Stephy and Carl Barstow have become experts at making a little money go a long way. But even with their frugality, this senior couple from Sherman Oaks has to struggle to make ends meet: One of the chief reasons is the cost of prescription medications. The Barstows spend thousands of dollars a year on them.
They are heading for Vancouver on the Rx Express in hopes that they will be able to staunch the flow of money going to pharmaceuticals here in California.
Stephy worked as a social worker for Los Angeles County for many years, helping with the developmentally disabled, working in AFDC placement. Carl was a contractor. When he retired, he had "zilch," Stephy says. She left her job with stress disability, and had dental, vision and "catastrophic" coverage through the county.
Over the years of their retirement, Stephy has had her share of health problems, and Carl has endured a couple of minor strokes, as well as back surgery "that went bad." Bed-ridden for months, he came home in April and now is able to get around with a walker.
The Barstows take many medications, including Stephy's Diovan for blood pressure and Nexium for acid reflux. Carl also takes medications for blood pressure, diuretics, and others.
They thought President Bush's much-ballyhooed Medicare reform plan would help, but it has turned out to be virtually useless so far, Stephy says. "There was supposedly going to be a card that would save people money. But there are 30 or 40 of them, and nobody has told us which ones to use. They cost $30 a year, and are each of them is pegged to a drug company."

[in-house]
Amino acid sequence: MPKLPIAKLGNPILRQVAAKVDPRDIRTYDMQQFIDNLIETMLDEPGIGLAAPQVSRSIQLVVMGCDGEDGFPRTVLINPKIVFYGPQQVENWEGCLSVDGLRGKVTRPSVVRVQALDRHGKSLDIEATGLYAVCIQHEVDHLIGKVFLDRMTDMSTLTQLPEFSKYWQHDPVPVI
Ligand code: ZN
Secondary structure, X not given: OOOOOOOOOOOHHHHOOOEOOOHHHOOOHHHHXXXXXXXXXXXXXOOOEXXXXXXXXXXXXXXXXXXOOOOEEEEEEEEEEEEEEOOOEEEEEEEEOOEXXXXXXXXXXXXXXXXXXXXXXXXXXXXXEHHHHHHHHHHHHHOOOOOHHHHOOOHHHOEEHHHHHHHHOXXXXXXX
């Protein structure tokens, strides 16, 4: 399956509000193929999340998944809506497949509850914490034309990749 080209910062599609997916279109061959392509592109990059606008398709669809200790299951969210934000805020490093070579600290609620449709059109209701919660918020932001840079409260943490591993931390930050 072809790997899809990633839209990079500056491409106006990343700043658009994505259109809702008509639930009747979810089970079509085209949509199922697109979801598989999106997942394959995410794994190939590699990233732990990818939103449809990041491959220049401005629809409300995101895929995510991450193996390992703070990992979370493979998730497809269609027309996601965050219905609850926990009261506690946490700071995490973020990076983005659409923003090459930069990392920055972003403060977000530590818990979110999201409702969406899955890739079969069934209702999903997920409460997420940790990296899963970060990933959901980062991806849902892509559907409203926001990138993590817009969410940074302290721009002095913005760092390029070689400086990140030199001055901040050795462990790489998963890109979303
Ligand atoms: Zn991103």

While trying to decipher that, Stephy has become a mastermind at making do with little money.
"It's not easy," Stephy says. "If we go out, we figure out how to share a meal. We drink water and don't buy a drink." Stephy shops at the second hand stores and gets her hair done at a beauty school.
They go out to only three or four movies a year, and buy movies at the thrift shops. When they play Bingo they take advantage of donations from Trader Vic's or Vons. It's sometimes day-old food, but it's usually fine, Stephy says.
By being careful and looking for specials, the Barstows have even been able to travel. Traveling has been a tradition for them during their 20-year marriage: they have ridden camels in North Africa and journeyed to Israel, among other places.
"On the whole, we do wonderfully well," Stephy says. "Everyone thinks I spend a fortune. Thank God for the senior center," she adds. "We can eat there for $2."
While Stephy has learned to get by with panache, she knows she and Carl would have more financial flexibility if it were not for the unconscionable cost of prescription drugs in California and the U.S. She considers it "ludicrous," and would like to see some sort of state regulatory board keeping an eye on health insurers and the medical profession.